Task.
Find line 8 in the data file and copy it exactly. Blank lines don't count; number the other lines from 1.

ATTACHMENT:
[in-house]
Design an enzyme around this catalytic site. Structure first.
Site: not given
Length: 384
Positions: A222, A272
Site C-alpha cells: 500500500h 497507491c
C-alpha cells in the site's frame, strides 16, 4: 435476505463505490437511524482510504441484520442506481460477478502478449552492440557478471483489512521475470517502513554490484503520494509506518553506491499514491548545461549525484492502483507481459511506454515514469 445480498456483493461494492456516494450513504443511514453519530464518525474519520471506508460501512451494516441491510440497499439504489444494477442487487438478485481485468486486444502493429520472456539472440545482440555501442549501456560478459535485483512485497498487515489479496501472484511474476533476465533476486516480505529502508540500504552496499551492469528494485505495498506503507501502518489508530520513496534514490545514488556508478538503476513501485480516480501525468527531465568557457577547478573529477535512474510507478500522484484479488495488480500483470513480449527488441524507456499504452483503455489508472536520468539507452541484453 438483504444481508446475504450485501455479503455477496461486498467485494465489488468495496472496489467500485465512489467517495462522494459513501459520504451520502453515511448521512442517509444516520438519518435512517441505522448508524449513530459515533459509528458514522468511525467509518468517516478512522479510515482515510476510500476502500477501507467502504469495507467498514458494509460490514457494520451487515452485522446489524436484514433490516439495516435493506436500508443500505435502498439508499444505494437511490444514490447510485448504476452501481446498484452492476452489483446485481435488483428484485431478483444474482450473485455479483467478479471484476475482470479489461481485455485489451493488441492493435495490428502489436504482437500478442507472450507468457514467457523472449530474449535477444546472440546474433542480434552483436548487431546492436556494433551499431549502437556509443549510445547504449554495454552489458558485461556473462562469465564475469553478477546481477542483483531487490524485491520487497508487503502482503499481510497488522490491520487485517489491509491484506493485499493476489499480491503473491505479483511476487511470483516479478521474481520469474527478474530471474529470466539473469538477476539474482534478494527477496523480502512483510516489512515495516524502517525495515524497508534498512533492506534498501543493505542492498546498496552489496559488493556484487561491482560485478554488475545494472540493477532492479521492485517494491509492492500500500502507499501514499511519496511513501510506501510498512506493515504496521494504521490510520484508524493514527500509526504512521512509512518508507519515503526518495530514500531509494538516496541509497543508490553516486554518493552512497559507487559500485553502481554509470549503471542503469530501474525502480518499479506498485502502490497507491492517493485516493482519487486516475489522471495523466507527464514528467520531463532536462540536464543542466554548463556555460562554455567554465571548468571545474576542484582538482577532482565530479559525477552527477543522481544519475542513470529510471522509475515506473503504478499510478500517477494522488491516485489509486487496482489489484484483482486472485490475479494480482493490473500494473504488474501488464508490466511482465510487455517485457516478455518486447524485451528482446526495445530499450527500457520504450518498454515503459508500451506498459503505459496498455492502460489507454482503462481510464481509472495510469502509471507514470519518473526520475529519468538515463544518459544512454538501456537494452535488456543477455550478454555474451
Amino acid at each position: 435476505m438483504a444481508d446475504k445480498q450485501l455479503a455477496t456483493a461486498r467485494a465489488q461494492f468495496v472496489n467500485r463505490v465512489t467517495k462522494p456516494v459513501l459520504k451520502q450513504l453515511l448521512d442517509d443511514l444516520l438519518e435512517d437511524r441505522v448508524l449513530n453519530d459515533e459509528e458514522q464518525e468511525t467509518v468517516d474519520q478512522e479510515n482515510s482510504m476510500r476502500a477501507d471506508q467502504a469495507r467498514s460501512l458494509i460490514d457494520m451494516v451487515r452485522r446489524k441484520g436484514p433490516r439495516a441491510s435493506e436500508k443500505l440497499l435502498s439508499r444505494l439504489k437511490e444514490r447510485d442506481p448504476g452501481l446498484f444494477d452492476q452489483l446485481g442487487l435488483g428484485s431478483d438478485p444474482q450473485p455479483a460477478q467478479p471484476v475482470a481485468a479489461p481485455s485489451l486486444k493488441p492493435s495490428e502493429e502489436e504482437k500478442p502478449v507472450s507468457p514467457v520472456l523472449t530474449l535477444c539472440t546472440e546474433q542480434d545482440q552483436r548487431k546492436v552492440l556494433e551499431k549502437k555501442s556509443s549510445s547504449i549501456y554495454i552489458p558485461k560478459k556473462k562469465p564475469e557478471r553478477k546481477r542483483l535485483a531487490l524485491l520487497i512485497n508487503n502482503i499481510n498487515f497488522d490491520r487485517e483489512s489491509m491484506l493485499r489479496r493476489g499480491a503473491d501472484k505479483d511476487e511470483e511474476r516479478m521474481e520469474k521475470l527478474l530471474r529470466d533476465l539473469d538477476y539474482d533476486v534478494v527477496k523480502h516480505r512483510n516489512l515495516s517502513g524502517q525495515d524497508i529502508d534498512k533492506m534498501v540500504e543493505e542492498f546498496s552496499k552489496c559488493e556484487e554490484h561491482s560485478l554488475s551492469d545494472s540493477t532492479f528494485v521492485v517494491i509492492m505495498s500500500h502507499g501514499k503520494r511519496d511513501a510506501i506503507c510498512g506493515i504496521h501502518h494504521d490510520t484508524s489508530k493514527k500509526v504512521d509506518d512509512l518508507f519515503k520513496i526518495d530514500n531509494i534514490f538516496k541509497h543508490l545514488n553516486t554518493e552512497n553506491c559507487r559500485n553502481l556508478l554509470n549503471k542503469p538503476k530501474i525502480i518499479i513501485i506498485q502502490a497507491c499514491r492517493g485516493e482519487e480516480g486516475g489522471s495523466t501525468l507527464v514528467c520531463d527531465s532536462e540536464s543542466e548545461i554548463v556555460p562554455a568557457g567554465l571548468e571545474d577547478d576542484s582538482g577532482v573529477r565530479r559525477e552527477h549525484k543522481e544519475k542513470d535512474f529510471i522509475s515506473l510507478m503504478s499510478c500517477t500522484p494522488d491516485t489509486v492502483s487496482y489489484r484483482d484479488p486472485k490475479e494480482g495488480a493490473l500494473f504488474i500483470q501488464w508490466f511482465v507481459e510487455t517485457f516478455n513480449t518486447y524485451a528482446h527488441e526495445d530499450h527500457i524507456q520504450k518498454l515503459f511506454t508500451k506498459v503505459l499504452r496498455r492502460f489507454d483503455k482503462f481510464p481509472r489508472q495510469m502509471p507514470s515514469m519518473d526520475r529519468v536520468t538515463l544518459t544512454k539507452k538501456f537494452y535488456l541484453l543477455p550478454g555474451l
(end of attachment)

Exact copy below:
Amino acid at each position: 435476505m438483504a444481508d446475504k445480498q450485501l455479503a455477496t456483493a461486498r467485494a465489488q461494492f468495496v472496489n467500485r463505490v465512489t467517495k462522494p456516494v459513501l459520504k451520502q450513504l453515511l448521512d442517509d443511514l444516520l438519518e435512517d437511524r441505522v448508524l449513530n453519530d459515533e459509528e458514522q464518525e468511525t467509518v468517516d474519520q478512522e479510515n482515510s482510504m476510500r476502500a477501507d471506508q467502504a469495507r467498514s460501512l458494509i460490514d457494520m451494516v451487515r452485522r446489524k441484520g436484514p433490516r439495516a441491510s435493506e436500508k443500505l440497499l435502498s439508499r444505494l439504489k437511490e444514490r447510485d442506481p448504476g452501481l446498484f444494477d452492476q452489483l446485481g442487487l435488483g428484485s431478483d438478485p444474482q450473485p455479483a460477478q467478479p471484476v475482470a481485468a479489461p481485455s485489451l486486444k493488441p492493435s495490428e502493429e502489436e504482437k500478442p502478449v507472450s507468457p514467457v520472456l523472449t530474449l535477444c539472440t546472440e546474433q542480434d545482440q552483436r548487431k546492436v552492440l556494433e551499431k549502437k555501442s556509443s549510445s547504449i549501456y554495454i552489458p558485461k560478459k556473462k562469465p564475469e557478471r553478477k546481477r542483483l535485483a531487490l524485491l520487497i512485497n508487503n502482503i499481510n498487515f497488522d490491520r487485517e483489512s489491509m491484506l493485499r489479496r493476489g499480491a503473491d501472484k505479483d511476487e511470483e511474476r516479478m521474481e520469474k521475470l527478474l530471474r529470466d533476465l539473469d538477476y539474482d533476486v534478494v527477496k523480502h516480505r512483510n516489512l515495516s517502513g524502517q525495515d524497508i529502508d534498512k533492506m534498501v540500504e543493505e542492498f546498496s552496499k552489496c559488493e556484487e554490484h561491482s560485478l554488475s551492469d545494472s540493477t532492479f528494485v521492485v517494491i509492492m505495498s500500500h502507499g501514499k503520494r511519496d511513501a510506501i506503507c510498512g506493515i504496521h501502518h494504521d490510520t484508524s489508530k493514527k500509526v504512521d509506518d512509512l518508507f519515503k520513496i526518495d530514500n531509494i534514490f538516496k541509497h543508490l545514488n553516486t554518493e552512497n553506491c559507487r559500485n553502481l556508478l554509470n549503471k542503469p538503476k530501474i525502480i518499479i513501485i506498485q502502490a497507491c499514491r492517493g485516493e482519487e480516480g486516475g489522471s495523466t501525468l507527464v514528467c520531463d527531465s532536462e540536464s543542466e548545461i554548463v556555460p562554455a568557457g567554465l571548468e571545474d577547478d576542484s582538482g577532482v573529477r565530479r559525477e552527477h549525484k543522481e544519475k542513470d535512474f529510471i522509475s515506473l510507478m503504478s499510478c500517477t500522484p494522488d491516485t489509486v492502483s487496482y489489484r484483482d484479488p486472485k490475479e494480482g495488480a493490473l500494473f504488474i500483470q501488464w508490466f511482465v507481459e510487455t517485457f516478455n513480449t518486447y524485451a528482446h527488441e526495445d530499450h527500457i524507456q520504450k518498454l515503459f511506454t508500451k506498459v503505459l499504452r496498455r492502460f489507454d483503455k482503462f481510464p481509472r489508472q495510469m502509471p507514470s515514469m519518473d526520475r529519468v536520468t538515463l544518459t544512454k539507452k538501456f537494452y535488456l541484453l543477455p550478454g555474451l